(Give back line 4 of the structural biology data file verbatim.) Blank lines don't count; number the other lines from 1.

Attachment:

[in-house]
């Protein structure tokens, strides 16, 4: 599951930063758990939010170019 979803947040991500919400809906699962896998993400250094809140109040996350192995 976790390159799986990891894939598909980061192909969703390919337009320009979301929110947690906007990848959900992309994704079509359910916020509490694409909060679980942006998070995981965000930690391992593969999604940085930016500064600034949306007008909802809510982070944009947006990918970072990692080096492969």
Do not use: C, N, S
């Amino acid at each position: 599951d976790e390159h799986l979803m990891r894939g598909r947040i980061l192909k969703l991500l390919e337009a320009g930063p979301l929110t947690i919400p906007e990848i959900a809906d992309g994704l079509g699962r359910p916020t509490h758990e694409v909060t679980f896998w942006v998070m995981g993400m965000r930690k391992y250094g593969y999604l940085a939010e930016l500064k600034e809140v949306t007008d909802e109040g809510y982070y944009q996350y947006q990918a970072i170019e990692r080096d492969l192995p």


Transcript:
């Amino acid at each position: 599951d976790e390159h799986l979803m990891r894939g598909r947040i980061l192909k969703l991500l390919e337009a320009g930063p979301l929110t947690i919400p906007e990848i959900a809906d992309g994704l079509g699962r359910p916020t509490h758990e694409v909060t679980f896998w942006v998070m995981g993400m965000r930690k391992y250094g593969y999604l940085a939010e930016l500064k600034e809140v949306t007008d909802e109040g809510y982070y944009q996350y947006q990918a970072i170019e990692r080096d492969l192995p």